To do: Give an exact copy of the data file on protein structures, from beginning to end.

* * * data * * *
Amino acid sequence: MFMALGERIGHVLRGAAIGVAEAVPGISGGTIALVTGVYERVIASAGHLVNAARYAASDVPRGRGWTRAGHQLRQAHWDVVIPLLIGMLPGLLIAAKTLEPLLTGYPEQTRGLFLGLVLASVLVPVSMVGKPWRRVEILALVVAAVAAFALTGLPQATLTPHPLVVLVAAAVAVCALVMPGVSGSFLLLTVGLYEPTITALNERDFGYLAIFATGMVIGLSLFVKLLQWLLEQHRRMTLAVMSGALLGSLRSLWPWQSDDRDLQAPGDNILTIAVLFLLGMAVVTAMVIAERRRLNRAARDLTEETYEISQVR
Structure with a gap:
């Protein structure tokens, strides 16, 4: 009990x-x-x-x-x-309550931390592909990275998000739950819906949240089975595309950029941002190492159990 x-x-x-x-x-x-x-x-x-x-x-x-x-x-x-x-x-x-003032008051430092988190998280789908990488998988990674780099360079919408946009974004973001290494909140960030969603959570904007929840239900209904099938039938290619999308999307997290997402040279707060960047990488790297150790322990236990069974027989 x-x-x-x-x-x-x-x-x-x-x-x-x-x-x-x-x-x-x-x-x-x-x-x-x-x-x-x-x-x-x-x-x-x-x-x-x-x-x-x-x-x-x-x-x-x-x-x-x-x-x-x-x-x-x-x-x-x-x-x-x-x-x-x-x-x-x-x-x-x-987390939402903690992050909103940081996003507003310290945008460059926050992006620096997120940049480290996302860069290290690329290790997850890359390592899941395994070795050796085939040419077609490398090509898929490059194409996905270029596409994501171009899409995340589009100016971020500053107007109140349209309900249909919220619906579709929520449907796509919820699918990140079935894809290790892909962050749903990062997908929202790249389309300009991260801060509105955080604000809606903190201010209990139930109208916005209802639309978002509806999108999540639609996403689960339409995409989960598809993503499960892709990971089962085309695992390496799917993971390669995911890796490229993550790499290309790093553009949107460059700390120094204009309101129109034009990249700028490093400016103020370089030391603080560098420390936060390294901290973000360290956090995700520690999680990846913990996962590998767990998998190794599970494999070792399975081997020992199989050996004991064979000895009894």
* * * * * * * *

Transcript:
Amino acid sequence: MFMALGERIGHVLRGAAIGVAEAVPGISGGTIALVTGVYERVIASAGHLVNAARYAASDVPRGRGWTRAGHQLRQAHWDVVIPLLIGMLPGLLIAAKTLEPLLTGYPEQTRGLFLGLVLASVLVPVSMVGKPWRRVEILALVVAAVAAFALTGLPQATLTPHPLVVLVAAAVAVCALVMPGVSGSFLLLTVGLYEPTITALNERDFGYLAIFATGMVIGLSLFVKLLQWLLEQHRRMTLAVMSGALLGSLRSLWPWQSDDRDLQAPGDNILTIAVLFLLGMAVVTAMVIAERRRLNRAARDLTEETYEISQVR
Structure with a gap:
């Protein structure tokens, strides 16, 4: 009990x-x-x-x-x-309550931390592909990275998000739950819906949240089975595309950029941002190492159990 x-x-x-x-x-x-x-x-x-x-x-x-x-x-x-x-x-x-003032008051430092988190998280789908990488998988990674780099360079919408946009974004973001290494909140960030969603959570904007929840239900209904099938039938290619999308999307997290997402040279707060960047990488790297150790322990236990069974027989 x-x-x-x-x-x-x-x-x-x-x-x-x-x-x-x-x-x-x-x-x-x-x-x-x-x-x-x-x-x-x-x-x-x-x-x-x-x-x-x-x-x-x-x-x-x-x-x-x-x-x-x-x-x-x-x-x-x-x-x-x-x-x-x-x-x-x-x-x-x-987390939402903690992050909103940081996003507003310290945008460059926050992006620096997120940049480290996302860069290290690329290790997850890359390592899941395994070795050796085939040419077609490398090509898929490059194409996905270029596409994501171009899409995340589009100016971020500053107007109140349209309900249909919220619906579709929520449907796509919820699918990140079935894809290790892909962050749903990062997908929202790249389309300009991260801060509105955080604000809606903190201010209990139930109208916005209802639309978002509806999108999540639609996403689960339409995409989960598809993503499960892709990971089962085309695992390496799917993971390669995911890796490229993550790499290309790093553009949107460059700390120094204009309101129109034009990249700028490093400016103020370089030391603080560098420390936060390294901290973000360290956090995700520690999680990846913990996962590998767990998998190794599970494999070792399975081997020992199989050996004991064979000895009894």